Saskatchewan

Body scanner ready to find contraband coming into Regina jail

The Regina Correctional Centre has a new tool for catching people smuggling in contraband.

Facility also has an amnesty box for people to surrender drugs

Julien Hulet is the director of the Regina Correctional Centre. He said contraband is a daily issue for the jail. (Kirk Fraser/CBC)

The Regina Correctional Centre has a new tool for catching people smuggling in contraband.

A new full-body scanner will be used on all people coming into the facility and can be used for random checks.

Contraband is a daily issue, according to Julien Hulet, the facility's director.

Hulet estimates 75 per cent of men that come into correctional facilities across the province have substance issues that need to be addressed through abstinence or rehabilitation programs. 

"Having drugs in the facility returns them to a state that provides a risk for our staff," he said.

The new body scanner at the Regina Correctional Centre works by having the person stand on the platform and being moved through the x-ray. (Kirk Fraser/CBC)

Staff can also be at risk if they come into contact with powders or pills, Hulet said.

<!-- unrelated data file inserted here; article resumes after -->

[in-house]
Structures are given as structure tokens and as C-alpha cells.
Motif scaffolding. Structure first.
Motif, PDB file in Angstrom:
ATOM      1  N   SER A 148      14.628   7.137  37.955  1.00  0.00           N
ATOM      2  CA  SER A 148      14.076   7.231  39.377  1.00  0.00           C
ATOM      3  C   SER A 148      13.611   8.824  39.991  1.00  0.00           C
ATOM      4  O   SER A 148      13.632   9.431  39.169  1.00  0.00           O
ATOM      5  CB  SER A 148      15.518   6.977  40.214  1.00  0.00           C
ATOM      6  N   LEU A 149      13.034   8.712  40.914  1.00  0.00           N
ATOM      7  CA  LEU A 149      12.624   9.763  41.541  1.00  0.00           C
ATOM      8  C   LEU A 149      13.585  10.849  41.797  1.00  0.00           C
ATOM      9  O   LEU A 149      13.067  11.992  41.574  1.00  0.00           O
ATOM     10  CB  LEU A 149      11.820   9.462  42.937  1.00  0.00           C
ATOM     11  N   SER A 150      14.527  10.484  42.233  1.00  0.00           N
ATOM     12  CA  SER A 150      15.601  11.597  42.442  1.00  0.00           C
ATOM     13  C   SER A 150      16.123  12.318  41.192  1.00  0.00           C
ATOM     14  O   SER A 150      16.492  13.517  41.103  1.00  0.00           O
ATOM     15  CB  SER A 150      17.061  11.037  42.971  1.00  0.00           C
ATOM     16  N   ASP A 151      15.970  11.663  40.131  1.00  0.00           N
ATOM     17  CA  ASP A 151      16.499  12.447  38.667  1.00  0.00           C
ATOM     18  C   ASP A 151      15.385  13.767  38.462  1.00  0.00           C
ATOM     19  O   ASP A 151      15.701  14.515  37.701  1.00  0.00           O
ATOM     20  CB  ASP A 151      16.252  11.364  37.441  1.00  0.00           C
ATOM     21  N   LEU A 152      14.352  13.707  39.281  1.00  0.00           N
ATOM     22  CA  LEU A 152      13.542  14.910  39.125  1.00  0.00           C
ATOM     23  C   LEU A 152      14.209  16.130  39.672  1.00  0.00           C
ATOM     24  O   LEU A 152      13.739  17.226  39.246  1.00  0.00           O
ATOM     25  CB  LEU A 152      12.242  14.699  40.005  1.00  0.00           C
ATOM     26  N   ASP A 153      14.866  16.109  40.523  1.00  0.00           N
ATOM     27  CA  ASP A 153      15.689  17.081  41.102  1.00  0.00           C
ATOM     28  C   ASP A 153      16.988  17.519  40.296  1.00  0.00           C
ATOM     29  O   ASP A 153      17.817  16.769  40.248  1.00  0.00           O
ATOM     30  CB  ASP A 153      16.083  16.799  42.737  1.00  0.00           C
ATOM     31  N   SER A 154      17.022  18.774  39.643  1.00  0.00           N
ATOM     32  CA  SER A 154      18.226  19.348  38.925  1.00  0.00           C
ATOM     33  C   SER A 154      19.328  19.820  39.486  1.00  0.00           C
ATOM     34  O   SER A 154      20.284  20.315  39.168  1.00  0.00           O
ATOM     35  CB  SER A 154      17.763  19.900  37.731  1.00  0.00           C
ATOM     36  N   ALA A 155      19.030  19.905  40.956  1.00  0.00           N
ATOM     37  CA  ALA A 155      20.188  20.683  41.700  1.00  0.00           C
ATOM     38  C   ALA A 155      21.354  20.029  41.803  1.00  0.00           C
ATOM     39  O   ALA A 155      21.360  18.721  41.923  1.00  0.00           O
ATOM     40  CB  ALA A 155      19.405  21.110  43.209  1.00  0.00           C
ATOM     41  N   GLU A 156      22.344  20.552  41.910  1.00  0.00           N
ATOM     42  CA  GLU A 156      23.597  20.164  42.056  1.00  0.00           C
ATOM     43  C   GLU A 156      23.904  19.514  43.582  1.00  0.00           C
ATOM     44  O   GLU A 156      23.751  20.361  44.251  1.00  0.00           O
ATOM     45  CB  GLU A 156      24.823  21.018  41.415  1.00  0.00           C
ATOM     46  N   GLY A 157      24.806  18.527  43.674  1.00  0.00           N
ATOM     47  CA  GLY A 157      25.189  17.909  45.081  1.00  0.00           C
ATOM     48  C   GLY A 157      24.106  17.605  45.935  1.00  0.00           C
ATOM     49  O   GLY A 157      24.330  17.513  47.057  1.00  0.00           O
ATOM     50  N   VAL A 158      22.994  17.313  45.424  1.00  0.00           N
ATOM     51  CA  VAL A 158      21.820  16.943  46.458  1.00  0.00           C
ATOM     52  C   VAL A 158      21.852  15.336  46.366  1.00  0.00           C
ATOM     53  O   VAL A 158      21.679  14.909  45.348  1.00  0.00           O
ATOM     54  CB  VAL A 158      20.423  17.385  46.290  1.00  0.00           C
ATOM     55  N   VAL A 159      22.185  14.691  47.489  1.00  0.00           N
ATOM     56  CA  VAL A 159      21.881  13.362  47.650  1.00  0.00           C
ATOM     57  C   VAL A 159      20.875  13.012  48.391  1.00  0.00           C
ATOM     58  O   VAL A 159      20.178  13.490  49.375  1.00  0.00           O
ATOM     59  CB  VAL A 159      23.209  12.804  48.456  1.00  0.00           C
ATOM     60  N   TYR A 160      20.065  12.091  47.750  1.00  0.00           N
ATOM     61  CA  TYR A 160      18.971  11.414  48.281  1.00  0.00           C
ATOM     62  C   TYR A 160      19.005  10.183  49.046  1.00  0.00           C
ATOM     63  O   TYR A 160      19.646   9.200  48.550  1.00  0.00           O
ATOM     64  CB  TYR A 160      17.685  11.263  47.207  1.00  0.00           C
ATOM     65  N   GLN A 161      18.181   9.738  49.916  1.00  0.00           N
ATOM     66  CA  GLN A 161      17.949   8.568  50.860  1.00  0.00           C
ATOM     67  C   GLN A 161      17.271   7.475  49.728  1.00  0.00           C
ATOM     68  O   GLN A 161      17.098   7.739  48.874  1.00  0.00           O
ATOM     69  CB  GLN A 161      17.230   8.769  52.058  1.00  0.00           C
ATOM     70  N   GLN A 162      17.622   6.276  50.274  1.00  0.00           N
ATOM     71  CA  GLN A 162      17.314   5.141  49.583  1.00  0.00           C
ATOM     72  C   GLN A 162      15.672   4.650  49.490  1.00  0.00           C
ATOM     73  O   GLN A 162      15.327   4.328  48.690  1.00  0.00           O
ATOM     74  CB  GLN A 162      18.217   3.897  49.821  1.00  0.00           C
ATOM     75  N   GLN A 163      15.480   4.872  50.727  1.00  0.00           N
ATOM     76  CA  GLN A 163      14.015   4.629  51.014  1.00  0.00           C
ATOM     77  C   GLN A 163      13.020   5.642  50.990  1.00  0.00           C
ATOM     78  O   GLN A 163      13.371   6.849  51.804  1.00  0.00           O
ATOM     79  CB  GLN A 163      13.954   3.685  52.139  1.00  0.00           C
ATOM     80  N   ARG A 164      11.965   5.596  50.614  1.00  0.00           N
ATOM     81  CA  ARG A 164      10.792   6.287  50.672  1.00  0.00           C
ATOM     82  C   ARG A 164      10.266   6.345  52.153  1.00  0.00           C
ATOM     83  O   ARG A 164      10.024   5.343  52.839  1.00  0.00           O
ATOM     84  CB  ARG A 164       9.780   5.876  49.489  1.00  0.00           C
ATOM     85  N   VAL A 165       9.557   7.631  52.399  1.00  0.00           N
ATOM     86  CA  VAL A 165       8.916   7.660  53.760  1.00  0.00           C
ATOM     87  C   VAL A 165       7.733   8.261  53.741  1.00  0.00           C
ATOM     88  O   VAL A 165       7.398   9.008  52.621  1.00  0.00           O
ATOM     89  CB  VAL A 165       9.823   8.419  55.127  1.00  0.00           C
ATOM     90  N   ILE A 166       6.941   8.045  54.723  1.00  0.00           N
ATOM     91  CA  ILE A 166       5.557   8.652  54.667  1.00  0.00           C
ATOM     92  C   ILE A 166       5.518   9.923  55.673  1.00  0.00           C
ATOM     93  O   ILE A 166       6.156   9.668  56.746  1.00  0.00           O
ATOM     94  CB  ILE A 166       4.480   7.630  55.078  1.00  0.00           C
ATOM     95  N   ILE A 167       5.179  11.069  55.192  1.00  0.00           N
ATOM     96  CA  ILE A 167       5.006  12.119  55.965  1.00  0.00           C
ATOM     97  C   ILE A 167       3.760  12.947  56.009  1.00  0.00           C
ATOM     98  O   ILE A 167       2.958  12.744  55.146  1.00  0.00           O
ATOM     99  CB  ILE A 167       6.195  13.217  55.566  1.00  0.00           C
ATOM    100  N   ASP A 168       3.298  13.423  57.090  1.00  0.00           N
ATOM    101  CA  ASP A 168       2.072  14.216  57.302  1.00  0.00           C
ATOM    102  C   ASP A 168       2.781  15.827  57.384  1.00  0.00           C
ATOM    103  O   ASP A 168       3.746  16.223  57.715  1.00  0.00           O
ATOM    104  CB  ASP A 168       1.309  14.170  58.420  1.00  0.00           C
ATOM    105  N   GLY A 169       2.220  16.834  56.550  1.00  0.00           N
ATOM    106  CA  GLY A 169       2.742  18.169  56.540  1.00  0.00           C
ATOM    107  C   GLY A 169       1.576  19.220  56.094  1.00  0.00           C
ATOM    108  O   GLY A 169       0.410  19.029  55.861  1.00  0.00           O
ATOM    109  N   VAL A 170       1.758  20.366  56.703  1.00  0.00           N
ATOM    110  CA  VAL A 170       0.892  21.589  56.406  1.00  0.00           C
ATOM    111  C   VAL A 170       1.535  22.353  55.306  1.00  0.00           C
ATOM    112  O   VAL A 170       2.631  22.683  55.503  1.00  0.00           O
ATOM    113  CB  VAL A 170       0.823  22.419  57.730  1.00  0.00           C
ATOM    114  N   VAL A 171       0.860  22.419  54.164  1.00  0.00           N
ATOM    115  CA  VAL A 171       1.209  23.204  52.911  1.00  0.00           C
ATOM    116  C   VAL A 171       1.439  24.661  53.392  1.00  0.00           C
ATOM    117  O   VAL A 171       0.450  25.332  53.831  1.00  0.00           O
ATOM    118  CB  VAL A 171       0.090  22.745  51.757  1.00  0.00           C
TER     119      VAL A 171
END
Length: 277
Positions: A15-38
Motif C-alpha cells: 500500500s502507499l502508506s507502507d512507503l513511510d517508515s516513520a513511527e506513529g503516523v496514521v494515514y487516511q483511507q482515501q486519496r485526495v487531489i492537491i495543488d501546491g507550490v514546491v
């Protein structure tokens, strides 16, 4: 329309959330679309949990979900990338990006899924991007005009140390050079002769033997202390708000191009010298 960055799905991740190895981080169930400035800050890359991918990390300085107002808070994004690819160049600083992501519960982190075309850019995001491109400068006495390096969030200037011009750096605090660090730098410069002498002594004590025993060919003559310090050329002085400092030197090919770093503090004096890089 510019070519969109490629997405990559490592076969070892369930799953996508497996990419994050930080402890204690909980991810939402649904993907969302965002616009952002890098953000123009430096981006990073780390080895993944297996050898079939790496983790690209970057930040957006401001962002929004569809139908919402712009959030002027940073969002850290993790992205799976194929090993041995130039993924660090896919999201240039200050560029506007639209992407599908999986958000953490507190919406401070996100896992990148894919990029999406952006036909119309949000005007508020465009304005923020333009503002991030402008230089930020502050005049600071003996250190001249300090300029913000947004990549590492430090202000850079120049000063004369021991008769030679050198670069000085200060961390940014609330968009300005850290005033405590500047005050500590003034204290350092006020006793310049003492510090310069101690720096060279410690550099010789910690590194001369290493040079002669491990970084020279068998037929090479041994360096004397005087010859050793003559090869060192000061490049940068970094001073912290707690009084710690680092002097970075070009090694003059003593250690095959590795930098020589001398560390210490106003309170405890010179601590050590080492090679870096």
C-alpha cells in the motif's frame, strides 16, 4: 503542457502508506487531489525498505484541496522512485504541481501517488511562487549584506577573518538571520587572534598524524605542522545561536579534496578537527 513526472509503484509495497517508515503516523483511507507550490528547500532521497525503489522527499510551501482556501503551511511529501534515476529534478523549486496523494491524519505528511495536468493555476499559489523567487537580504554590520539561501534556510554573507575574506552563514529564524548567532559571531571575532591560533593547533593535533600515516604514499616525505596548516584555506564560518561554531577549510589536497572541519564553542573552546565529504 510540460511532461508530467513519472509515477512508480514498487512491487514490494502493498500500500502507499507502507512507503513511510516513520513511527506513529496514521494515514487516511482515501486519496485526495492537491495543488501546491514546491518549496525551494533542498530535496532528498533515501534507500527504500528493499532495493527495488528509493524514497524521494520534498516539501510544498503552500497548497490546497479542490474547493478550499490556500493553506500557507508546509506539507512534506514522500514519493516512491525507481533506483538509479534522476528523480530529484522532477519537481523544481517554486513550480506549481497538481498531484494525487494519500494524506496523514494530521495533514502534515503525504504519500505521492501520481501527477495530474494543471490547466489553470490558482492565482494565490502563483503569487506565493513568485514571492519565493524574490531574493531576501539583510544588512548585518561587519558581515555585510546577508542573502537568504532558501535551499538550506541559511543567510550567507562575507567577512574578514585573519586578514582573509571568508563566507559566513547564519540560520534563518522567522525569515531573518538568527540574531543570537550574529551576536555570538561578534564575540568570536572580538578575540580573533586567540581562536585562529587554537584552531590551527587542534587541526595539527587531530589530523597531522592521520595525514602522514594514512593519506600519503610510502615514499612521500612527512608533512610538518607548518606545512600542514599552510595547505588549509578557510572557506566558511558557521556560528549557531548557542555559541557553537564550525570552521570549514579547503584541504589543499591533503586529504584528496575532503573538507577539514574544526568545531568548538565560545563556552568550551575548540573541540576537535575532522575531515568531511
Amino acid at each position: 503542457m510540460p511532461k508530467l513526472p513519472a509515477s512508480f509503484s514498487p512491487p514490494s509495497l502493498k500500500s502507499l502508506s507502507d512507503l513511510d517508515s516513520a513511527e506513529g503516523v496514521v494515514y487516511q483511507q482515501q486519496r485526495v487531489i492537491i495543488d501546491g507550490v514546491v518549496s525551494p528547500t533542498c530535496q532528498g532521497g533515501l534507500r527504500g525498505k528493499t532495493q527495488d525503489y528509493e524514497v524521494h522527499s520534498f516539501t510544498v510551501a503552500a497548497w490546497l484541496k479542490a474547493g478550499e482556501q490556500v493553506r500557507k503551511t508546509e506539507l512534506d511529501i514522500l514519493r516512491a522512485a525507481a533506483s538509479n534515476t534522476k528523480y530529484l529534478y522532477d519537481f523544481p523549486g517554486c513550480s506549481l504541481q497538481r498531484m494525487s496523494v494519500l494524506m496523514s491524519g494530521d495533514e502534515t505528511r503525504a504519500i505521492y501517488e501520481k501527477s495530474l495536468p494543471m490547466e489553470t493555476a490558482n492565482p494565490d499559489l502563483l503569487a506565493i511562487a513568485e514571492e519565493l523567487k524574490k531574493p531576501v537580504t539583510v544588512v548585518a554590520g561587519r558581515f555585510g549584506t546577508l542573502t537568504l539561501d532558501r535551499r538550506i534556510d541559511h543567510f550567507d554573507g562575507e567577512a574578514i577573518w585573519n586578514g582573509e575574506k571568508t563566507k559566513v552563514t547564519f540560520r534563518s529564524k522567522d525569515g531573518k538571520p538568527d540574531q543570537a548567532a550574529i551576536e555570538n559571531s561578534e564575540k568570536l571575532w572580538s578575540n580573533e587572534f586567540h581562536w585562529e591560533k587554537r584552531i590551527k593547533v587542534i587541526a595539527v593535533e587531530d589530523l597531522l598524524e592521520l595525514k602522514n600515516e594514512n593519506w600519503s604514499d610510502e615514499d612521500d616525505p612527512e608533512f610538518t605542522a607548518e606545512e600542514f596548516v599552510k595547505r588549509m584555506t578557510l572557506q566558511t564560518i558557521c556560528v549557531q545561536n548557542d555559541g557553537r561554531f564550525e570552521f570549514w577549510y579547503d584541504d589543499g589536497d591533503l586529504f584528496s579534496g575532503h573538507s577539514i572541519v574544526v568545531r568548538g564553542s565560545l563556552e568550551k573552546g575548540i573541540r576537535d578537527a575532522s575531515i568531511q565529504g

Corrections officers are in a constant battle with "security threat groups" (gangs) who control the drug trade within the facility. 

Inmates can give it up "no questions asked"

The jail has an amnesty program that allows people to surrender drugs, Hulet said.

"The intent isn't to punish people — our intent is to not have it enter into the facility," he said. "So people will be given an option to void themselves of this product. There's an amnesty box where you can go in — no questions asked."

Regina Correctional Centre also has 20 beds for a five-week rehabilitation program, Hulet said.

The new body scanner at the Regina Correctional Centre will be used on all new inmates and for random checks. (Kirk Fraser/CBC)

With files from Heidi Atter and Kirk Fraser